After selecting a set of three knives I felt represented what Ontario Knife Company bring to the market (Blackbird SK-5, Ranger RD Tanto and RTAK-II), I originally intended to present a single group review.
As I have got to know them better, I found that individual reviews would work better, so this page is to tie together the review series and provide a single point of reference to link to all three reviews, plus provide a few group shots for comparison.
This article includes some exclusive images and comments, so is worth getting to the end of before going to an individual review.
Explained by the Maker:
The reasons for certain design choices may not be clear when simply looking at an object, so this section is intended to give an insight into the thinking behind a design by speaking to the designer themselves.
See individual reviews for this exclusive information.
A few more details:
The images at the beginning of this group review page show the unsheathed knives together. This image better shows how the sheathed knives compare in size.
Looking at blade stock thickness, top left is the RTAK-II, middle RD Tanto and bottom right is the Blackbird SK-5.
Moving back to show the three blades sitting next to each other.
The Blade and Handle Geometry:
Most knives specifications have a basic description of the blade geometry, but in this section I will be taking a more detailed look at geometry and balance.
Using a set of gauges and precision measuring equipment including a Vernier protractor, callipers, fixed radius gauges and the unique Arc Master adjustable radius gauge (the one that looks like a crossbow).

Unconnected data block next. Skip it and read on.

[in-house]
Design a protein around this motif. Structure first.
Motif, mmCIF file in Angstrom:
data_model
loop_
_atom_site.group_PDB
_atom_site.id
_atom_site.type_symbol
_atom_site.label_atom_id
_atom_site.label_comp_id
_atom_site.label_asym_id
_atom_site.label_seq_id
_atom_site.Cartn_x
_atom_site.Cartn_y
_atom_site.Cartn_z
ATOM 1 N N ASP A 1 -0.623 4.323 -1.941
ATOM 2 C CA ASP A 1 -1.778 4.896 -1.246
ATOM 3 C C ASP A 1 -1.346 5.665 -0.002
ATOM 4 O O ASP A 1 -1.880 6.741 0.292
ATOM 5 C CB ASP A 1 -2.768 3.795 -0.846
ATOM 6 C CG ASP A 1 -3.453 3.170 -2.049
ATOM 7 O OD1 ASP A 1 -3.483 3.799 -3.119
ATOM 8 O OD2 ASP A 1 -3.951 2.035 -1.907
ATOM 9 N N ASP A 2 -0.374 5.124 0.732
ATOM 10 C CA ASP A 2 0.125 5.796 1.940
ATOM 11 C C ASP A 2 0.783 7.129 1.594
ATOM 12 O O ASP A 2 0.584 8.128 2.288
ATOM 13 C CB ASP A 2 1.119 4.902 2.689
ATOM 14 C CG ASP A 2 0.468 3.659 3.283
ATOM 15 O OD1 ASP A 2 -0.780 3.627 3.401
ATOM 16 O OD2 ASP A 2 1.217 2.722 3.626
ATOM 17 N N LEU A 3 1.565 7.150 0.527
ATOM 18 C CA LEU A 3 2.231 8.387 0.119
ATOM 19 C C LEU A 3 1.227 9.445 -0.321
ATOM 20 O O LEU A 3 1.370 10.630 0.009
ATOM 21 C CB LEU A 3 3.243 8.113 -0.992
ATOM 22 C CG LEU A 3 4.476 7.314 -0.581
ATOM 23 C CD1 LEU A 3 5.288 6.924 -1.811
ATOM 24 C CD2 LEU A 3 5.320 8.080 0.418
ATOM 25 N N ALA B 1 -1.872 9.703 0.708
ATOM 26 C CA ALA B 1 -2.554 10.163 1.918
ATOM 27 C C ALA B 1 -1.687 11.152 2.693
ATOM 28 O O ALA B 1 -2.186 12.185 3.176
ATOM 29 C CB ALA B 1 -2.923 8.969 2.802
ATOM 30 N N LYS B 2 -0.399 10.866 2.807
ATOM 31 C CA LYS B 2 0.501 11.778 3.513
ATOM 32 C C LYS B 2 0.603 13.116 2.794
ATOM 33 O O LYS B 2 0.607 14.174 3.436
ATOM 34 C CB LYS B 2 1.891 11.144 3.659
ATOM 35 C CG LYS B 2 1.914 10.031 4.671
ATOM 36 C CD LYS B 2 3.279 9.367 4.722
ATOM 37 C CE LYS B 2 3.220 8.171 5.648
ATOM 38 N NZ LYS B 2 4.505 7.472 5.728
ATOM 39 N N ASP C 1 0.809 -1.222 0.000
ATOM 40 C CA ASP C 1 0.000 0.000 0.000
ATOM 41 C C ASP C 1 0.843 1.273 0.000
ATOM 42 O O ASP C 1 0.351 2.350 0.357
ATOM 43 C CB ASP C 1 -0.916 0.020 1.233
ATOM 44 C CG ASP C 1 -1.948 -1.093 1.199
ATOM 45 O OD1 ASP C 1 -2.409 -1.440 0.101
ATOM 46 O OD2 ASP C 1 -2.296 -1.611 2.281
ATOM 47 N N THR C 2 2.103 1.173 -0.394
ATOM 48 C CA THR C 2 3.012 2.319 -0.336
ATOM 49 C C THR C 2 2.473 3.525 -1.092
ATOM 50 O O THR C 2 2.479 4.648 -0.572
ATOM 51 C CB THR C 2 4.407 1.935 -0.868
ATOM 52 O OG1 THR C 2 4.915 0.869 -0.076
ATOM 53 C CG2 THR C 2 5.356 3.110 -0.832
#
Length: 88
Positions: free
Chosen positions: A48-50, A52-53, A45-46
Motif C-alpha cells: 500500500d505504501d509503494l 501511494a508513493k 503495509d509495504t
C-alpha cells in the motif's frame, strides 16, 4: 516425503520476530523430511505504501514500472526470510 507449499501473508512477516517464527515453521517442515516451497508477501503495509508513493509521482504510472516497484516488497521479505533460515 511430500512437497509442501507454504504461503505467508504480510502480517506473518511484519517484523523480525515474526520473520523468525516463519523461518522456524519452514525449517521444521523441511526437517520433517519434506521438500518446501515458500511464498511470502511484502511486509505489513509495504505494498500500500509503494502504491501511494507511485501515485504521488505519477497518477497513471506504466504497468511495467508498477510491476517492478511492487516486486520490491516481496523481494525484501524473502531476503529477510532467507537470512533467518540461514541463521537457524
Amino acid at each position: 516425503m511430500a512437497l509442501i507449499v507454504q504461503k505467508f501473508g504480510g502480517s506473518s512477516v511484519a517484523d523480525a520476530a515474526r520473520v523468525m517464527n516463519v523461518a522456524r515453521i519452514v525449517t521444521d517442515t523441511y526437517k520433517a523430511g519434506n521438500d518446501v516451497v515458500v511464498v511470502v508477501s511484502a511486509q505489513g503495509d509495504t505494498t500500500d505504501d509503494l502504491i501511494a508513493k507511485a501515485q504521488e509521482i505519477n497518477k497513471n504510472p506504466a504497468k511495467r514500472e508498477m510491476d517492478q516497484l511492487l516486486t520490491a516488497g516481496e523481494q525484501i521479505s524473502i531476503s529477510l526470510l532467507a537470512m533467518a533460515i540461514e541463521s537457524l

These measurements have been tabulated and are presented along with a few reference blades (8″ Chef’s Knife, 5.5″ Santoku and the popular Fällkniven F1).
Key aspects such as the primary bevel angle, grind type, blade depth, blade thickness, length, weight are detailed, along with balance information.
The ‘Balance relative to the front of the handle’ tells you if the knife will feel front heavy, or if the weight is in your hand (a positive value means the weight is forward of the front of the handle). The ‘Balance relative to the centre of the handle’ indicates how close to a ‘neutral balance’ the knife has in the hand.
In the case of full convex grinds the approximate centre of the grind is used for the primary bevel angle estimate. This table includes the parameters for all the OKC knives in this series of reviews.
What they are like to use?
There is too much detail to describe each of these blades strengths and weaknesses in detail, so I’ll just use this opportunity to show the pointed-stick comparison side-by-side
The RTAK-II is an excellent cutter.
As a super tough extraction/digging/rescue tool, the RD Tanto struggles a bit for some basic cutting. It excels at heavy tasks though.
With the factory edge the Blackbird works well enough, but the edge angle is steep. This photo is from before an edge reprofiling after which the SK-5 cuts furiously well.
The views expressed in this summary table are from the point of view of the reviewer’s personal use. I am not a member of the armed forces and cannot comment on its use beyond a cutting tool or field/hunting knife.
Something that might be a ‘pro’ for one user can be a ‘con’ for another, so the comments are categorised based on my requirements. You should consider all points and if they could be beneficial to you.
Here I’ve included a very basic summing up of each knife. See individual reviews for detailed information.
|Knife||In a nutshell|
|Blackbird SK-5||No-nonsense survival knife|
|Ranger RD Tanto||Super tough extraction/rescue tool|